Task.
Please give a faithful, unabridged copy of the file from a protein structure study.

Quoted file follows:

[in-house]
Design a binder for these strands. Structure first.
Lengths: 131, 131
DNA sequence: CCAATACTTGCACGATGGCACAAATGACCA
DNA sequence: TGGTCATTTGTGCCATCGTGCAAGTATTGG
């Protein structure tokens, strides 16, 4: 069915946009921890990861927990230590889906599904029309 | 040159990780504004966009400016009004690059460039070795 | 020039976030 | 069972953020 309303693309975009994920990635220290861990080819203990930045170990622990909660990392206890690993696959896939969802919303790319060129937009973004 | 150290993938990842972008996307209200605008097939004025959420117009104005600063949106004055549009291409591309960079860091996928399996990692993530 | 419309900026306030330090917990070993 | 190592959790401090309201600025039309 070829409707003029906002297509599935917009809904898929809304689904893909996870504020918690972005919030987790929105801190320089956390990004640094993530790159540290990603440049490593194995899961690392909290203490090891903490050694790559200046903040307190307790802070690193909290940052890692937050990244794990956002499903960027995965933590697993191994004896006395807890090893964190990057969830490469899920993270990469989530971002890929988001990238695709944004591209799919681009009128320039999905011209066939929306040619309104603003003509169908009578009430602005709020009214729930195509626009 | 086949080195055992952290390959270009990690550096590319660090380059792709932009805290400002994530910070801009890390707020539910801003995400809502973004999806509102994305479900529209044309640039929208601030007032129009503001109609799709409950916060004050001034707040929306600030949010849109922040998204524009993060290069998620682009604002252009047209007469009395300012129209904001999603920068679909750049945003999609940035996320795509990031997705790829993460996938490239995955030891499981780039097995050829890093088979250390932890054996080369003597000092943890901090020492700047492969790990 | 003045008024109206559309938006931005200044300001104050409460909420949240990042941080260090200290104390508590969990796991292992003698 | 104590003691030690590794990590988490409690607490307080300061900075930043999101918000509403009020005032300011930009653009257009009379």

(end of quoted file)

[in-house]
Design a binder for these strands. Structure first.
Lengths: 131, 131
DNA sequence: CCAATACTTGCACGATGGCACAAATGACCA
DNA sequence: TGGTCATTTGTGCCATCGTGCAAGTATTGG
């Protein structure tokens, strides 16, 4: 069915946009921890990861927990230590889906599904029309 | 040159990780504004966009400016009004690059460039070795 | 020039976030 | 069972953020 309303693309975009994920990635220290861990080819203990930045170990622990909660990392206890690993696959896939969802919303790319060129937009973004 | 150290993938990842972008996307209200605008097939004025959420117009104005600063949106004055549009291409591309960079860091996928399996990692993530 | 419309900026306030330090917990070993 | 190592959790401090309201600025039309 070829409707003029906002297509599935917009809904898929809304689904893909996870504020918690972005919030987790929105801190320089956390990004640094993530790159540290990603440049490593194995899961690392909290203490090891903490050694790559200046903040307190307790802070690193909290940052890692937050990244794990956002499903960027995965933590697993191994004896006395807890090893964190990057969830490469899920993270990469989530971002890929988001990238695709944004591209799919681009009128320039999905011209066939929306040619309104603003003509169908009578009430602005709020009214729930195509626009 | 086949080195055992952290390959270009990690550096590319660090380059792709932009805290400002994530910070801009890390707020539910801003995400809502973004999806509102994305479900529209044309640039929208601030007032129009503001109609799709409950916060004050001034707040929306600030949010849109922040998204524009993060290069998620682009604002252009047209007469009395300012129209904001999603920068679909750049945003999609940035996320795509990031997705790829993460996938490239995955030891499981780039097995050829890093088979250390932890054996080369003597000092943890901090020492700047492969790990 | 003045008024109206559309938006931005200044300001104050409460909420949240990042941080260090200290104390508590969990796991292992003698 | 104590003691030690590794990590988490409690607490307080300061900075930043999101918000509403009020005032300011930009653009257009009379």